California Muni Says No to Coal Power

Silicon Valley Power (SVP)—Santa Clara, Calif.’s municipal electric utility—has decided to stop importing out-of-state electricity from the San Juan Generating Station, completely eliminating coal from its power supply.

San Juan is a 1,646-MW four-unit coal-fired power plant located in Waterflow, N.M., and operated by PNM. SVP owns an interest in San Juan through its participation in the M-S-R Public Power Agency (M-S-R PPA).

The agency was created in 1980, through a joint Exercise of Powers Agreement among Modesto Irrigation District, the City of Santa Clara (doing business as SVP), and the City of Redding. M-S-R PPA purchased a 28.8% ownership of San Juan Unit 4 in 1983. SVP’s share is about 10% of the unit (roughly 51 MW).

About 36% of SVP’s power comes from state-mandated renewable resources, exceeding California’s current renewable energy requirements. Moreover, it claims that greater than 50% of its electricity supply is carbon-free.

Although San Juan only provides about 10% of SVP’s electricity, the power accounts for around 50% of the utility’s carbon emissions. SVP said it began confidential negotiations four years ago to pull out of the San Juan contract due to the pollution emissions, liabilities associated with upgrading the plant to reduce emissions, and escalating costs associated with the San Juan facility. The Federal Energy Regulatory Commission issued its final approval of the move on December 30. The change will become effective on December 31, 2017.

San Juan plans to retire Units 2 and 3 at the station in 2017. POWER asked SVP and M-S-R PPA if the agreement was made in conjunction with the closings and what company would take over SVP’s share of Unit 4, but neither responded before this story went to press. It is unclear whether Modesto and/or Redding will also end electricity imports from San Juan; neither utility issued press releases regarding contract changes.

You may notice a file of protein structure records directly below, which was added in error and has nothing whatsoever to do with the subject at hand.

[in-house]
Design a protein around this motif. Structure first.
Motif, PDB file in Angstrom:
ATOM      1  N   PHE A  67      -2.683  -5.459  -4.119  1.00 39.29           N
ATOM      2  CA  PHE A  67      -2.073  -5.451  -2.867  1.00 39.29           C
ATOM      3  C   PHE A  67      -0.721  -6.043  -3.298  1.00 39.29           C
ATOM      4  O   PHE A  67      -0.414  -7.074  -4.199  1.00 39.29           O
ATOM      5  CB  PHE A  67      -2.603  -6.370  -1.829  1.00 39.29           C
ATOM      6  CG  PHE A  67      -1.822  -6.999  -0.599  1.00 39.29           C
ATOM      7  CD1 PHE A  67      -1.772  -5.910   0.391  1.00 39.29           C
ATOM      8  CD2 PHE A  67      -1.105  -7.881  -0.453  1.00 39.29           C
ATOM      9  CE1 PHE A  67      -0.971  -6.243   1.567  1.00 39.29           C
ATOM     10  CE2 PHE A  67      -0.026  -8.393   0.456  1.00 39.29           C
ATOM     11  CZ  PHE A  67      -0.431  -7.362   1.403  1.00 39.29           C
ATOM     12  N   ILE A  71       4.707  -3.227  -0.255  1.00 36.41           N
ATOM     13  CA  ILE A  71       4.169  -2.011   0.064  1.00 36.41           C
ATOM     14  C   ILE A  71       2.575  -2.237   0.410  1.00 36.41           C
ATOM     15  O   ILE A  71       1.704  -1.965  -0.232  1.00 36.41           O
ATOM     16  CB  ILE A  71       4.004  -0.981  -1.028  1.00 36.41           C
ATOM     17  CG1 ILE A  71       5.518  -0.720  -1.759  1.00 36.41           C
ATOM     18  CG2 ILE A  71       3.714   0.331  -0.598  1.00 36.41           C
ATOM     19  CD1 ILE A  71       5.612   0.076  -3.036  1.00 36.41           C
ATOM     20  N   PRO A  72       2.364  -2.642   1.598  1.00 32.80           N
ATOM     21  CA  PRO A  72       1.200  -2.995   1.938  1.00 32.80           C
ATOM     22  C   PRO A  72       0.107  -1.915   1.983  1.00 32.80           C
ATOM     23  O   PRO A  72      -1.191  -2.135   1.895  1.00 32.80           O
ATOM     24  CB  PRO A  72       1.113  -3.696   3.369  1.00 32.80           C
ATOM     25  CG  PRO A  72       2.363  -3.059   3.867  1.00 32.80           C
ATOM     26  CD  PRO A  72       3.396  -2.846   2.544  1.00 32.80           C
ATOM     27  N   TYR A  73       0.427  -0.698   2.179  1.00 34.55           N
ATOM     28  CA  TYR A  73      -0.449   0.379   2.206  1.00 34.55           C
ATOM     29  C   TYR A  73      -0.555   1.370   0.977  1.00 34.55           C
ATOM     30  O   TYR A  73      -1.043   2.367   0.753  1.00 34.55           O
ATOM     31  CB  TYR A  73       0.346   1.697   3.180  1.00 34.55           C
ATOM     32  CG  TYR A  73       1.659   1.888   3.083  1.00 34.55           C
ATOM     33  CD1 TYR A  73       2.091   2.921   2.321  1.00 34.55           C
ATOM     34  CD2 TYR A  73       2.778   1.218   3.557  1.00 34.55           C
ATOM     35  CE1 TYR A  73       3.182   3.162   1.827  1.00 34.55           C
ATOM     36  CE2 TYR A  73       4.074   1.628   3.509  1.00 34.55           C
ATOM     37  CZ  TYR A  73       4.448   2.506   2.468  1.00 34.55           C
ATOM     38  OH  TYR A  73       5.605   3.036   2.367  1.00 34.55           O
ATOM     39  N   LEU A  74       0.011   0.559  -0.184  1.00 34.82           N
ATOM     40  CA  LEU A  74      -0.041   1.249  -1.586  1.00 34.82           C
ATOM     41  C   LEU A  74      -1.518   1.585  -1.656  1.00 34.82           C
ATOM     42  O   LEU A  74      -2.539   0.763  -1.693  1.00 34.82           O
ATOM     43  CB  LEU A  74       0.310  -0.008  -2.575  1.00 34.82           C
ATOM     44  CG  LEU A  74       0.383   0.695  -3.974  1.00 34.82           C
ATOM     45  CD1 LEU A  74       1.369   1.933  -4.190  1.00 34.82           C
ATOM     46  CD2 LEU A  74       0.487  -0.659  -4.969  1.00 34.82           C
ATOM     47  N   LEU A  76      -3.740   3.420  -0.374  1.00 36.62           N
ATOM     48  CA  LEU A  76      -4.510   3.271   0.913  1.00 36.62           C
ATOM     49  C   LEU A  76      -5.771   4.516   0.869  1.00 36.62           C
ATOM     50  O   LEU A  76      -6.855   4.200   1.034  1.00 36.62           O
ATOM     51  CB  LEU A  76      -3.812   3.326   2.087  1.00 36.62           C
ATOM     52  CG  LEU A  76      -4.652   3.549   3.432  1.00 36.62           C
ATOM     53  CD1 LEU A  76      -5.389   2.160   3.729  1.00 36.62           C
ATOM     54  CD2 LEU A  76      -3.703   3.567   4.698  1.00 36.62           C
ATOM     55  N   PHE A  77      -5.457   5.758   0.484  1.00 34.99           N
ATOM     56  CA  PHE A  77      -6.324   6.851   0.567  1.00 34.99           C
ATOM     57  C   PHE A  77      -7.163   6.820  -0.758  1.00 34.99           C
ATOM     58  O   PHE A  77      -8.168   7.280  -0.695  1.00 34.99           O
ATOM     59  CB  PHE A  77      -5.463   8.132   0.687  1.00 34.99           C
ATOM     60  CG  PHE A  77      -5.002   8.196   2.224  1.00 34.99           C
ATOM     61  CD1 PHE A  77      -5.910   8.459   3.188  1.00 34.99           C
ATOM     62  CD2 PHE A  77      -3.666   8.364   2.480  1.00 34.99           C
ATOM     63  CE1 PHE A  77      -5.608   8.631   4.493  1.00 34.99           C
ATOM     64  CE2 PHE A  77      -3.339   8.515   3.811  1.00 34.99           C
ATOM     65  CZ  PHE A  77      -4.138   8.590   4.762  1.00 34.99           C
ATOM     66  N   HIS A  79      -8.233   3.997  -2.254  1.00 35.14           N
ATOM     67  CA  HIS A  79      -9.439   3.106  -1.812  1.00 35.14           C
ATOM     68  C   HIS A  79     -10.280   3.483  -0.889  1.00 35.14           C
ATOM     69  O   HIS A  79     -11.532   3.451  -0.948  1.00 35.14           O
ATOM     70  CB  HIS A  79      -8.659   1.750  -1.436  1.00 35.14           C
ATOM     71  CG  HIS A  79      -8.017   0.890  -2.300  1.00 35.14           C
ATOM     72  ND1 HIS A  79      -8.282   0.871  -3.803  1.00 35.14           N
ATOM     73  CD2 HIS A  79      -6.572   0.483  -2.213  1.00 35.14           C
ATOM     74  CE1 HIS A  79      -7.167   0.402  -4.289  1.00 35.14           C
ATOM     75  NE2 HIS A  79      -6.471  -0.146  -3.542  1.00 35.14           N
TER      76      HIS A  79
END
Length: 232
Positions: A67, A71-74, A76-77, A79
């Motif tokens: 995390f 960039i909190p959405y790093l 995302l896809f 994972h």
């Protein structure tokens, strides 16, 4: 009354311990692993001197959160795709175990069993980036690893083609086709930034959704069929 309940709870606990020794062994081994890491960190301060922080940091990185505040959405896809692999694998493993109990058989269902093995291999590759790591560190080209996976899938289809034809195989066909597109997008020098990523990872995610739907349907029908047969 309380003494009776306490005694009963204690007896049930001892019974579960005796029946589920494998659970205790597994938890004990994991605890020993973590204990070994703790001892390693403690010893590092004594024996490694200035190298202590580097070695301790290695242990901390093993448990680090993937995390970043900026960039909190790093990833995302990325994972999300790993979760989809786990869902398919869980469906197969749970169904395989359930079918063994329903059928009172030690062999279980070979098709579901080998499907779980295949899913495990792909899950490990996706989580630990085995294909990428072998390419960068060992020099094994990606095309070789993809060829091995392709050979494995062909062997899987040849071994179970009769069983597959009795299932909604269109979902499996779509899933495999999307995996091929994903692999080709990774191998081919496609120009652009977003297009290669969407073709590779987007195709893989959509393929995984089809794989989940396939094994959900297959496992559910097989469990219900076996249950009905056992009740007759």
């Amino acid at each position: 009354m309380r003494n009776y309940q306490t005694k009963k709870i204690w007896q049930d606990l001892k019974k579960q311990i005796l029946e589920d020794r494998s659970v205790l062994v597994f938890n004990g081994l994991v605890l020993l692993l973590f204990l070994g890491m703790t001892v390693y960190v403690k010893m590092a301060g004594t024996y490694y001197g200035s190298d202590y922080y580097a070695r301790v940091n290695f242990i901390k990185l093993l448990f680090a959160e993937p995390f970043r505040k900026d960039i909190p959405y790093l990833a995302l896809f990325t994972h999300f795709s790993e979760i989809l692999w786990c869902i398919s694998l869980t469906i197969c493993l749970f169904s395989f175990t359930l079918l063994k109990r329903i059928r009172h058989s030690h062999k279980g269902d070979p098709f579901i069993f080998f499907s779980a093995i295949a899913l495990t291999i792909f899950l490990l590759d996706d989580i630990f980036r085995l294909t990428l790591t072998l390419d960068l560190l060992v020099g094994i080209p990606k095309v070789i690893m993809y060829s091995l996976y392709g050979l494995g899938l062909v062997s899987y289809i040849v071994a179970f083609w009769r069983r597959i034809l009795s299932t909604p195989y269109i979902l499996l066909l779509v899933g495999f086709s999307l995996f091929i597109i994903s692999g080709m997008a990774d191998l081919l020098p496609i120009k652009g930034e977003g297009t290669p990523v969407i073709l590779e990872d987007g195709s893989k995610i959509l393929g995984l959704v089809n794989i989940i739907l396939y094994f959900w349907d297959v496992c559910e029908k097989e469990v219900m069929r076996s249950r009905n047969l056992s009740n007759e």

In recent years, San Juan has installed several new technologies to reduce plant emissions of mercury, NOx, particulate matter, and SO2. All four units were upgraded with activated carbon injection systems, new state-of-the-art burners, overfire air systems, and new baghouses, and a new additive is being used in the plant’s existing limestone slurry spray to improve SO2 removal in the scrubbers. But that was not enough to sway SVP’s decision to exit.

“Silicon Valley Power has been committed to eliminating coal as a source of electricity for our customers and turned toward a combination of new renewable resources and the ultramodern Lodi Energy Center to replace the 51 megawatts of power from San Juan,” said Larry Owens, manager of customer services for SVP.

SVP claims its rates are among the lowest in the state. It owns a 25% share in the 280-MW Lodi power plant (a POWER Top Plant Award winner) and began receiving power from the facility in 2012. It has a variety of other generation resources spread throughout California and two wind projects in Washington State.

“We will be coal-free two years earlier than the 2020 deadline called for in the City of Santa Clara’s Climate Action Plan, effectively reducing the carbon footprint of our power by over 50 percent,” Owens said.

Aaron Larson, associate editor (@AaronL_Power, @POWERmagazine)